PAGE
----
Transport Ministry recommends putting Uber drivers on same footing as taxis
UPDATED: Uber would have to operate under the same rules as taxis and the current rules governing pricing would be wiped under new regulations recommended by the Ministry of Transport today, which have found favour with taxi operators.
The review of regulations covering small passenger services, begun at the start of the year, has outlined five options and recommended one with fewer rules that apply to all operators in the sector. That include taxis, private hire cars, shuttles, dial-a-driver, and ride-sharing services.
Uber, a mobile app service that lets people book rides, is already popular in Auckland and Wellington and the use of ride-sharing apps (an extension of car pooling) is expected to become more widespread.
The global spread of Uber has been opposed by taxi operators who currently have to function under tougher regulations that impose extra costs. Uber has argued that it is not a taxi service but simply links passengers with drivers who are private contractors.
The government’s proposals do nothing to reduce red tape for people wanting to earn some extra income through sharing rides in their own cars, Uber said in a statement.
"The status quo of a minimum of eight weeks of administration and $1,500 in fees to even get on the road is unacceptable. Yet there is no response from the Government as to how to they plan to address this," it said.
NZ Taxi Federation chief executive Roger Heale said he welcomed the release of the paper although the "devil is in the detail.
"When the government first asked for submissions earlier this year, we called for a level playing field that valued driver and passenger safety, recognised the high quality of existing industry standards and embraced new technologies. On first read, this document appears to offer that," he said.
Uber could not be reached for immediate comment but in a September press release it said Kiwis have taken over one million rides through the technology platform since it launched in May last year, and more than 100,000 people were now choosing it as a way to move around their city.
Under the ministry's recommended option, Uber would have to check drivers' log books and vehicle safety and force them to work within the seven-hour time limits applied to taxi drivers. The current requirement for taxis to install security cameras could be waived. Circumstances would include where the passenger is registered with the company or driver, and before each trip, the company or driver records the name and a photo of the passenger or driver which is made available to one another. Panic alarms would no longer be required, given any driver can refuse to take a passenger when they consider their personal safety is at risk.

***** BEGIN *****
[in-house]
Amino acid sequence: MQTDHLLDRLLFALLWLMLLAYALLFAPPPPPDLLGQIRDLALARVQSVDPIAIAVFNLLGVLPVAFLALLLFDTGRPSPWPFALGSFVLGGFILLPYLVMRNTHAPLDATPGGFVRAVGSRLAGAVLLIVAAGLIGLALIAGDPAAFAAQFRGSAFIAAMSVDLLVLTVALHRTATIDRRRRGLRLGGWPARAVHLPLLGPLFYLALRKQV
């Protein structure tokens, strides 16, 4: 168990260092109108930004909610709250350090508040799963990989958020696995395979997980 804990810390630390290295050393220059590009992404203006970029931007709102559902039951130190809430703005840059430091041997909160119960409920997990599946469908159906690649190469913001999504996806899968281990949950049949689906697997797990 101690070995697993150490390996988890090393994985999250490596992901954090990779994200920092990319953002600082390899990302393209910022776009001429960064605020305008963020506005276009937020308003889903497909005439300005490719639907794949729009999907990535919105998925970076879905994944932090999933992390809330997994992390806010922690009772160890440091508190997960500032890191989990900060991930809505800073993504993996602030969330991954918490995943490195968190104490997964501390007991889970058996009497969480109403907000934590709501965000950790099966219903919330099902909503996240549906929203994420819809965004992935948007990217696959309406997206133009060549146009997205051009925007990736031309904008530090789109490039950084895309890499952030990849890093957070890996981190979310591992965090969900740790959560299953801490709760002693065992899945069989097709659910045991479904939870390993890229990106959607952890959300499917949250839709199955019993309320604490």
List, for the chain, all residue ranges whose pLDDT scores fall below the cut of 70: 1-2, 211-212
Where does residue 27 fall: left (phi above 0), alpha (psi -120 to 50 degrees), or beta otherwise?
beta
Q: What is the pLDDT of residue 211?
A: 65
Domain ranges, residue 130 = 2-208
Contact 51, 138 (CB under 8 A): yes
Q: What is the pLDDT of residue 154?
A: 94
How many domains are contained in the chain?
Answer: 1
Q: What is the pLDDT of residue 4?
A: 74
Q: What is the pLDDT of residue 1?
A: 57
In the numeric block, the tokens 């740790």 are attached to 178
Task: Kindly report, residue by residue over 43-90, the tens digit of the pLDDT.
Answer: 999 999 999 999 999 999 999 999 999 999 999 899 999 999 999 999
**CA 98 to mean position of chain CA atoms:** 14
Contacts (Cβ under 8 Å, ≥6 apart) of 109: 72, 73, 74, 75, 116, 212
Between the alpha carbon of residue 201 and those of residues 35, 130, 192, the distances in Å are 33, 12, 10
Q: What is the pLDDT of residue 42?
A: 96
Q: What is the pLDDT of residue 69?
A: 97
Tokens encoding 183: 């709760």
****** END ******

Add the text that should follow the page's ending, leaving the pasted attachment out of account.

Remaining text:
Before the trip starts, drivers or the company at the time of booking would have to agree the basis of the fare with passengers, either a set fare or per kilometre rate rather than the fixed price or meter presently used in taxis.
The Ministry of Transport also suggests removing requirements for drivers to be able to speak English as the New Zealand Transport Agency says few taxi drivers are currently tested for this requirement anyway. It also suggests removing an area knowledge test in urban areas, designed to ensure drivers use the most direct route, because new technology such as GPS systems mean passengers can track this themselves.
The review acknowledges that the current regulations developed in the 1980s haven't kept pace with changes in technology or customer expectations. It said the government wants to mitigate the safety risks that exist because drivers and passengers have little information about each other.
Public submissions on the consultation paper are open until February 12.